Uptown Cafeteria is tray chic, but can it keep up the pace?

Hennepin and Lake gets another Parasole joint

One hot summer night, on the sidewalk in front of Uptown Cafeteria and Support Group, a girl in a short skirt kissed a guy sitting on a crotch rocket, backlit by the rowdy glow of Stella's and Cowboy Slim's. The scene was pretty romantic, actually, until the guy paused, mid-amour, reached into his pocket, and answered his cell phone. Would the girl wait? Storm off? Slap him? It was The Real World: Uptown and nobody wanted to miss an episode.

Before the first martini glass or appetizer plate hits the table, the Parasole-owned eatery in the northeast corner of Calhoun Square is, first and foremost, the neighborhood's new commons. Spend a few hours there and you'll be just as apt to bump into an old high school friend as your dental hygienist or your mayor. Most of the time, this is among Cafeteria's greatest attributes. Until you find yourself face-to-face with the cyclist you hit with your Subaru, or the guy who dumped you last week for the receptionist at his tanning salon.

Don't take Cafeteria's name too literally. There are no serve-yourself queues, no pizza rectangles pooled with ruby-hued grease to sop up with paper napkins. (Though the molded plastic serving trays do make an appearance, as do a few hair-netted "lunch ladies.") Cafeteria is, instead, a full-service restaurant with a first-floor dining room and a rooftop Skybar whose name only suggests its resemblance to a school or workplace social hub. The Support Group aspect is equally metaphorical. When I made specific inquiries, the waitress offered to lend a listening ear, but her tone suggested that my problems would take a backseat to delivering a round of drinks or two. If you need something beyond a friendly face proffering food and beverage, you're better off with AA or CaringBridge.

A new spin on an old idea: the Cafeteria's dessert case
Alma Guzman
A new spin on an old idea: the Cafeteria's dessert case

Location Info


Uptown Cafeteria and Support Group

3001 Hennepin Ave. S.
Minneapolis, MN 55408

Category: Restaurant > American

Region: Uptown/ Eat Street


Uptown Cafeteria and Support Group
3001 Hennepin Ave., Minneapolis
612.877.7263; www.uptowncafeteria.com
appetizers $7-$10, entrees $9-$20

After welcoming my group, our waitress suggested that we use our beer coasters to get her attention, should we need anything. "Just throw one of those little things at me," she announced with a laugh. She looked like she belonged behind the counter of a surf shop, between the pair of white sunglasses perched at the base of her blonde ponytail and her deeply tanned skin. Her assistance in guiding a decision was so vague—"Yeah, I've tried that, and I liked it"—that it could have just as easily applied to the choice between a classic longboard and a tri-fin as mac-and-cheese or meatloaf. "Is it on purpose that the whole staff seems to be high-school age?" one of my friends inquired.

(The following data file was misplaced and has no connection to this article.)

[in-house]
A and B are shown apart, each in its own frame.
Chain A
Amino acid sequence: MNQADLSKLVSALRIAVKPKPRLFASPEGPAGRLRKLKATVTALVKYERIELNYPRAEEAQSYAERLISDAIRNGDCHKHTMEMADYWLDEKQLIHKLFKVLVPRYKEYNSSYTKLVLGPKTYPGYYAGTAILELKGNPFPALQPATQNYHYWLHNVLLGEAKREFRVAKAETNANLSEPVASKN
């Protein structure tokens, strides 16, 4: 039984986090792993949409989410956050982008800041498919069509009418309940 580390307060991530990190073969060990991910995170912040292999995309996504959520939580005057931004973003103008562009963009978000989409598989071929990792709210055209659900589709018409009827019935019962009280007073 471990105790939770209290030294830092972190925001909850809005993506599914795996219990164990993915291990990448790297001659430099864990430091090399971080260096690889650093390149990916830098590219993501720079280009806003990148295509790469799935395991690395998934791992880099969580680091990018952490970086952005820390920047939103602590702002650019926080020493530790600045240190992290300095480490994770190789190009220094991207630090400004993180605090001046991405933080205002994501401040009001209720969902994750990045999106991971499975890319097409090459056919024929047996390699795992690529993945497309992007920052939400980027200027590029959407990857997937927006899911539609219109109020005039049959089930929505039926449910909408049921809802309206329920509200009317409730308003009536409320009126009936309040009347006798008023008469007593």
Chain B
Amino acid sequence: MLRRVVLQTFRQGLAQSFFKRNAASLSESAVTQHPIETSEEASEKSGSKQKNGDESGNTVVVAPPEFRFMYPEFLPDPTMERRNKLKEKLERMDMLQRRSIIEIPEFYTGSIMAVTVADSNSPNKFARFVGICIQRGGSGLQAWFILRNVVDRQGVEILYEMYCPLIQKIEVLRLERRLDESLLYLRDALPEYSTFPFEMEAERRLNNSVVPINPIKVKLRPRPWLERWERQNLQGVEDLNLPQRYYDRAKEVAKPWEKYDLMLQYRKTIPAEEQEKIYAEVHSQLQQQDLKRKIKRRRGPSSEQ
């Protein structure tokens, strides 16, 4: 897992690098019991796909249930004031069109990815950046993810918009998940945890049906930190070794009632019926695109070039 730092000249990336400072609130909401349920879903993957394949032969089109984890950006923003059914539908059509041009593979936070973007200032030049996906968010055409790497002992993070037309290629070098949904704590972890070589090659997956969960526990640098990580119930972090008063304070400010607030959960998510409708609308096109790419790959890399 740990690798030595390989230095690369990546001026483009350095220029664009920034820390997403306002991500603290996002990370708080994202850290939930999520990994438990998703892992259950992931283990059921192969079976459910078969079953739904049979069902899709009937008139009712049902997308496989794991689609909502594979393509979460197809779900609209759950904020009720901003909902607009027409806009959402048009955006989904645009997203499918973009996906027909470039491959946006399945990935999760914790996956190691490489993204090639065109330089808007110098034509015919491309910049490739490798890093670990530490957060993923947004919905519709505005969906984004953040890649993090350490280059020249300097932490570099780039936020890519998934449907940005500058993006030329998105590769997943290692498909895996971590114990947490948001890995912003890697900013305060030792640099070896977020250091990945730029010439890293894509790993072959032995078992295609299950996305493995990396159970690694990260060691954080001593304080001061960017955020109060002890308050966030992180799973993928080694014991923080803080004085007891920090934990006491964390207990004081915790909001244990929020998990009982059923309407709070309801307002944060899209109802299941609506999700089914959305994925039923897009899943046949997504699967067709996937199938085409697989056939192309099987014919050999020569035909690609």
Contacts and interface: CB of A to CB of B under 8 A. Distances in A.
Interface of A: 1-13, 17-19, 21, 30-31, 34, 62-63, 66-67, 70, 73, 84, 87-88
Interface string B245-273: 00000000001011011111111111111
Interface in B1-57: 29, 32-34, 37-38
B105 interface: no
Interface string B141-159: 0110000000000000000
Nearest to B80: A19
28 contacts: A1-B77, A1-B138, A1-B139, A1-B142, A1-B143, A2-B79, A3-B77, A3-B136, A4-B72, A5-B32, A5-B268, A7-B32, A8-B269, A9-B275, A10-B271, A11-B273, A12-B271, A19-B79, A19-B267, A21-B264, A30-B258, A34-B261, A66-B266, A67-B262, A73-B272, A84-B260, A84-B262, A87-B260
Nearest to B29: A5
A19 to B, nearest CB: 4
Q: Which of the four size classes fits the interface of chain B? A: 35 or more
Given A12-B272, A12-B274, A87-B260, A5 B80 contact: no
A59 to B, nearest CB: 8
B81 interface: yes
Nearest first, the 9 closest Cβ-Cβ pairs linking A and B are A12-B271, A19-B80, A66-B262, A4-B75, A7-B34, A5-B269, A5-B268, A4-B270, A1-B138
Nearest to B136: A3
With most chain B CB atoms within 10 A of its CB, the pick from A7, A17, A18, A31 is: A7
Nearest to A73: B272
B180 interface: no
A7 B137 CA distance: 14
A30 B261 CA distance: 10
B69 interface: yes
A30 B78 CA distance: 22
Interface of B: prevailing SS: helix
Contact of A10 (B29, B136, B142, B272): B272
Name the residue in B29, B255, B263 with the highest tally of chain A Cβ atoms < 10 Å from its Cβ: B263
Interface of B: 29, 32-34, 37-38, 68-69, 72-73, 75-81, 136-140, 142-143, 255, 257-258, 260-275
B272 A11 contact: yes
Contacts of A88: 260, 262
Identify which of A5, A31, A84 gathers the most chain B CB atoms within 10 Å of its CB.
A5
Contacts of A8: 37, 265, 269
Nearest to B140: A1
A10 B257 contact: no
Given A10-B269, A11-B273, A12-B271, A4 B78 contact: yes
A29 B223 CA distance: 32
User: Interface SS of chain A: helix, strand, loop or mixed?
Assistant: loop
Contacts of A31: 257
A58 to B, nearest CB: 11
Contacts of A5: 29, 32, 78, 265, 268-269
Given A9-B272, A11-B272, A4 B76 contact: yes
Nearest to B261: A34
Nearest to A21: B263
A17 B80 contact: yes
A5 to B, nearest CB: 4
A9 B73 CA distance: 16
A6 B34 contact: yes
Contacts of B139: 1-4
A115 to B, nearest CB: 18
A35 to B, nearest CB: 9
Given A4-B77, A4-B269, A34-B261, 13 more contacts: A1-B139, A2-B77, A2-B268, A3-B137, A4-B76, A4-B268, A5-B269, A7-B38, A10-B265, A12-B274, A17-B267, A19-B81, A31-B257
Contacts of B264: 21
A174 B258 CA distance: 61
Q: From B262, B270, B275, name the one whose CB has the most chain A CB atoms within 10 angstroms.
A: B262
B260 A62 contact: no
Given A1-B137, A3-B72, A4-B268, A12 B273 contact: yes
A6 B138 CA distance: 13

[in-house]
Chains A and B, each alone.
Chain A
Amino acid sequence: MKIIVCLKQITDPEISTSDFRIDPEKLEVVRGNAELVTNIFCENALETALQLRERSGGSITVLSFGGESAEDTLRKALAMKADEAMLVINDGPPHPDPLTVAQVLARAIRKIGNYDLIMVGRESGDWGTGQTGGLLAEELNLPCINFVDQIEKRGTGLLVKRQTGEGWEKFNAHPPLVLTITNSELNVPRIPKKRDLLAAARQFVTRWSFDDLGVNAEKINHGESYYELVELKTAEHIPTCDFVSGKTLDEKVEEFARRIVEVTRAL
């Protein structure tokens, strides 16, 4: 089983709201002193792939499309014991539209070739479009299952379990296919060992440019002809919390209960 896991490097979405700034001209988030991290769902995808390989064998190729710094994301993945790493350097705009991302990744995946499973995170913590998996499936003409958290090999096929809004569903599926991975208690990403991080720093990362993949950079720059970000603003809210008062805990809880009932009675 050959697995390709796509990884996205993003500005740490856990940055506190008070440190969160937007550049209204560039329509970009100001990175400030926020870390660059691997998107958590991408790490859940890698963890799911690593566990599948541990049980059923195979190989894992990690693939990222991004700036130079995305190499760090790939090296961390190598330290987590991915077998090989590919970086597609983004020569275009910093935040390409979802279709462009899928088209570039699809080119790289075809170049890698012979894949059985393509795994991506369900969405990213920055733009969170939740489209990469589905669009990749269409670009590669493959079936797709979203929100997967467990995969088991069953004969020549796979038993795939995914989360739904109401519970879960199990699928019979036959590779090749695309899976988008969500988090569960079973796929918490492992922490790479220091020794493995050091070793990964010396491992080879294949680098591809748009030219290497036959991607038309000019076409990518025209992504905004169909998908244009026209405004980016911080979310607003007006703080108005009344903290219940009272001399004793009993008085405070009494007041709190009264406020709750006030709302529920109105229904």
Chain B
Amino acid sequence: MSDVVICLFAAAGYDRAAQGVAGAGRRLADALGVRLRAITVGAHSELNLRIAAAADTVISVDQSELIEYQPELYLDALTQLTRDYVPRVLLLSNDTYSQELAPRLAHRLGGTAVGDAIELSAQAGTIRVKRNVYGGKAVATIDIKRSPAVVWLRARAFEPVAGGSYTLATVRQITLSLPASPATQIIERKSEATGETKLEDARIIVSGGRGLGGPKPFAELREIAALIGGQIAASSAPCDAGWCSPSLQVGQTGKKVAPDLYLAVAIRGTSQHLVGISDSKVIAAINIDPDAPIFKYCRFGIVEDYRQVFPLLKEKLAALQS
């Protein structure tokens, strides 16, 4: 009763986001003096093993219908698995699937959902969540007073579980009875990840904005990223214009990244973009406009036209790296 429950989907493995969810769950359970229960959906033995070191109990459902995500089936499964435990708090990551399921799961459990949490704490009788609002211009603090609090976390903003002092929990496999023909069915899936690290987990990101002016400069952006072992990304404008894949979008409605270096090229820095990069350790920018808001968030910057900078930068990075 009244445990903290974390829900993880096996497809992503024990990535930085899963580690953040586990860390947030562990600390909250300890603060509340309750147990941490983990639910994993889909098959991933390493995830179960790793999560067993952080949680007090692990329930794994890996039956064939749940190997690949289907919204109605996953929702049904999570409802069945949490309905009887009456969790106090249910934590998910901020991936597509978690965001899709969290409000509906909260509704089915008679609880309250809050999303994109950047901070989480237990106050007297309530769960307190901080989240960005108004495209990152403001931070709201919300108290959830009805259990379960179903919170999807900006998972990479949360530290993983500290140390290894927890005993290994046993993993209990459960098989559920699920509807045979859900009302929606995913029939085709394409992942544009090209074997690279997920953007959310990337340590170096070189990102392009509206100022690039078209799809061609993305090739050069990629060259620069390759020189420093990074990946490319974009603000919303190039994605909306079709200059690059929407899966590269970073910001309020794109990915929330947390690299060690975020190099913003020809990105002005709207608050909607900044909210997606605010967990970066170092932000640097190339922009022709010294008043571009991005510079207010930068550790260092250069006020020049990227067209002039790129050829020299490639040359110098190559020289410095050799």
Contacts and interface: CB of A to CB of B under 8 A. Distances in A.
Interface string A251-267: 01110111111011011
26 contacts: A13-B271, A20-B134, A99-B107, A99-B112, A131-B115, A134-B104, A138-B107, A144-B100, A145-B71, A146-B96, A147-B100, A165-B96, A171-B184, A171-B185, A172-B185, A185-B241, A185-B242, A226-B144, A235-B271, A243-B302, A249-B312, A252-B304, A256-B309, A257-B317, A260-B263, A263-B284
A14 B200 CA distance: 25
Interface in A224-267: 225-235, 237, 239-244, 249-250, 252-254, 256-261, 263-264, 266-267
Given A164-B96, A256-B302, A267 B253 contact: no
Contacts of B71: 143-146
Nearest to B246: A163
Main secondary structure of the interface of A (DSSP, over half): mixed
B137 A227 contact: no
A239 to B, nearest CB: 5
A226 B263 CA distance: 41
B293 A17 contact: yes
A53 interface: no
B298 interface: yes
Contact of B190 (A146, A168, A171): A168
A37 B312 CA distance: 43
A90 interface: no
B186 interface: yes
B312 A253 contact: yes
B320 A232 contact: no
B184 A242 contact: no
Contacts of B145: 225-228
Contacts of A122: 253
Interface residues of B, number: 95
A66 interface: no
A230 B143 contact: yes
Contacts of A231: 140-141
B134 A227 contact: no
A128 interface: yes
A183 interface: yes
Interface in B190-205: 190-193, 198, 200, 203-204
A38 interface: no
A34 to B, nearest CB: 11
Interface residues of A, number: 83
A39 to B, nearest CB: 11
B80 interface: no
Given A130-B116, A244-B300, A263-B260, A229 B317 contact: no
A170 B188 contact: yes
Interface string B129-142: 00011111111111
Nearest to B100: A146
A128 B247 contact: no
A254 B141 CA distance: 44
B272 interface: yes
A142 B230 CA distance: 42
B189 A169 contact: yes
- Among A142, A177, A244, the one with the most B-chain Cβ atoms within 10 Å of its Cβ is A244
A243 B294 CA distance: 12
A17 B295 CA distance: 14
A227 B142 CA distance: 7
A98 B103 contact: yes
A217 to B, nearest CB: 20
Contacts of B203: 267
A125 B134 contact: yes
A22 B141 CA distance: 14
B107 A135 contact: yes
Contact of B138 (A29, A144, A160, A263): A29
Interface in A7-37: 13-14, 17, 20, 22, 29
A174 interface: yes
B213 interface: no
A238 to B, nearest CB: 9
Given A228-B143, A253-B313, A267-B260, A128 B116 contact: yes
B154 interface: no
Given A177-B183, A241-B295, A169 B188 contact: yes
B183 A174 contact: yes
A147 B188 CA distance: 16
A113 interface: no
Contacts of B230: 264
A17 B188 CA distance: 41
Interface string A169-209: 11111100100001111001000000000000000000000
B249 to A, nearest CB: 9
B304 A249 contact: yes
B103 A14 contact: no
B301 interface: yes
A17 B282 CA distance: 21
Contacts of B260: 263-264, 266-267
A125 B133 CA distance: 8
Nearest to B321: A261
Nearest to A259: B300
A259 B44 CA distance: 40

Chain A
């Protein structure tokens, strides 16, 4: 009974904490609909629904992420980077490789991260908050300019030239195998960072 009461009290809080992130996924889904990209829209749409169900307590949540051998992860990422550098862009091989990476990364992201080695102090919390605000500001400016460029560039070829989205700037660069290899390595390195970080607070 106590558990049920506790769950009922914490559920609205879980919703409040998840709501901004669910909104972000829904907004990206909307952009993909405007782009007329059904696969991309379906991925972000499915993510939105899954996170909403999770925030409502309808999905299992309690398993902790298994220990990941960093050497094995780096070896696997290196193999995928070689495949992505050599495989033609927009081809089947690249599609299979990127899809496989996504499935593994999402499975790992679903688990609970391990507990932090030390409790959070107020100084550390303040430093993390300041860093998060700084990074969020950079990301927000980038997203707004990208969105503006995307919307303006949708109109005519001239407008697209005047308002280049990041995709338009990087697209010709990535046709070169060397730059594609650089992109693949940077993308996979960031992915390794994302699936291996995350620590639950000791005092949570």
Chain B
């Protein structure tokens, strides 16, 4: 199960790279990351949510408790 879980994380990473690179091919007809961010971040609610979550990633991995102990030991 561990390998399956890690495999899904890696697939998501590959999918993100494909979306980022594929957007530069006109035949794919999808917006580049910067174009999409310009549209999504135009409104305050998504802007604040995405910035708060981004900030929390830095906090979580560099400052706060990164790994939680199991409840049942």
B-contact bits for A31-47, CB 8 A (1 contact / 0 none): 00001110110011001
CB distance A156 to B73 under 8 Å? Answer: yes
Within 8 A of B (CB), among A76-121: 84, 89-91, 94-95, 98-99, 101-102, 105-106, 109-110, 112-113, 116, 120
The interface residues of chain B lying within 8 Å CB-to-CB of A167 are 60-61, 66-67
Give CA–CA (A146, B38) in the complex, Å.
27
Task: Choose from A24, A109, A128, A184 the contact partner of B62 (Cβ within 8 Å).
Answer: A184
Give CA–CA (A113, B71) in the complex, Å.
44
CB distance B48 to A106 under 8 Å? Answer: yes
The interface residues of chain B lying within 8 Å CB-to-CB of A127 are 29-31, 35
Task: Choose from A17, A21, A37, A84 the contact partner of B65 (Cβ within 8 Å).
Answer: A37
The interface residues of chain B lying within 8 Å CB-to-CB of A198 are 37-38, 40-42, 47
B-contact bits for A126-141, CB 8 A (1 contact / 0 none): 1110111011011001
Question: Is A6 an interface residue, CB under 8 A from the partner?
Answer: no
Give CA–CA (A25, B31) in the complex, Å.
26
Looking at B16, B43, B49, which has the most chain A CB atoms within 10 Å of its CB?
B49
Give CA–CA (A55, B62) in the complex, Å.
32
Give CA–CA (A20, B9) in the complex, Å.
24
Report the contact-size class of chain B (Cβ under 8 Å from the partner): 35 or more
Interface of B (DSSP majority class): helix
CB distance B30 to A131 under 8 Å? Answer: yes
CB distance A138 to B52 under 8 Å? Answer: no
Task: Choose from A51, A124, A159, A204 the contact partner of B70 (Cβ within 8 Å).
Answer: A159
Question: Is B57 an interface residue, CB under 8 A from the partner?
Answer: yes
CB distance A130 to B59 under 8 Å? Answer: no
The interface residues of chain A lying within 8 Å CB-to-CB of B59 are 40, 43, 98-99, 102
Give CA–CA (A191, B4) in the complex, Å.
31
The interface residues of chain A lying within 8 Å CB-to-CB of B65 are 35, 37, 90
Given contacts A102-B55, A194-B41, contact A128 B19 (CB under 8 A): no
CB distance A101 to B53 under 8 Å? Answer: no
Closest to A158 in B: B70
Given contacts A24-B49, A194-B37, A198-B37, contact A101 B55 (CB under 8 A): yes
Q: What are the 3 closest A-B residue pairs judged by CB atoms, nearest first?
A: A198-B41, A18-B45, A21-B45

Cafeteria's first floor is decorated retro-mod. Some elements feel slick—the plush blue-and-orange booths, the hip magazine rack near the bar—while others, like the rust-hued carpet on the wall, look as though they might have been ripped out of an old rambler's basement. A few elements suggest an institutional setting: glazed, white brick walls like those that line windowless corridors; coarse, towel-like napkins suited to mopping nursing home peas off whiskered chins; perforated ceiling tiles of the sort that junior high students used to hurl pencils toward, to see if they'd stick.

Cafeteria's practice of running the air conditioning in a room with its windows wide open makes for a lovely habitat: Patrons can feel as if they're enjoying the weather, without pitting out a body-hugging shirt. The climate is eminently comfortable, but surely the "bed-wetting hippies" that Parasole CEO Phil Roberts famously fingered for their opposition to the company's cheeky—some say racist—billboards, will soon protest.

As for the food and beverage offerings, the restaurant's concept is somewhat contemptuous of concept, inspiring a collection of American comfort foods and a few "mainstreamed" ethnic items. Chef Jeff Anderson, who previously ran the kitchen at Salut St. Paul, says he was "stoked" by the opportunity to lead the Cafeteria team and has dozens and dozens of recipes he plans to swap into the menu every few months.

Maybe it was because my visits to Cafeteria coincided with a period of sweltering weather I heard described as being "like swimming through the ass-sweat of God," but I often felt overwhelmed by the menu's ratio of heavy, fatty items to lighter ones. The restaurant's website defines its menu's theme as "deliciousness," but it's deliciousness of a very specific sort: "as in 'I haven't eaten all day' delicious; stoner delicious; last-meal delicious,'" it reads. (If you're surprised not to see pizza, Cafeteria doesn't offer it so as not to infringe on the turf of Parasole's neighboring Il Gatto.) This hearty-food focus might appeal in the winter, but Cafeteria, with half its real estate seasonal in nature, is more of a warm-weather place. If I wished for more dishes like the Big Hippie Salad, with its colorful array of sliced veggies, its sprinkle of quinoa and hemp seed vinaigrette, does that make me a bed-wetter?

The foremost reason to visit Cafeteria is its beautiful Skybar, which is now arguably the nicest roof deck in Uptown. It has more wood than a sauna, lots of curvy, pod-shaped lounge furniture, and a gorgeous view of the city. The deck's capacity is capped at 200, so during peak demand you could wait nearly an hour to get up there.

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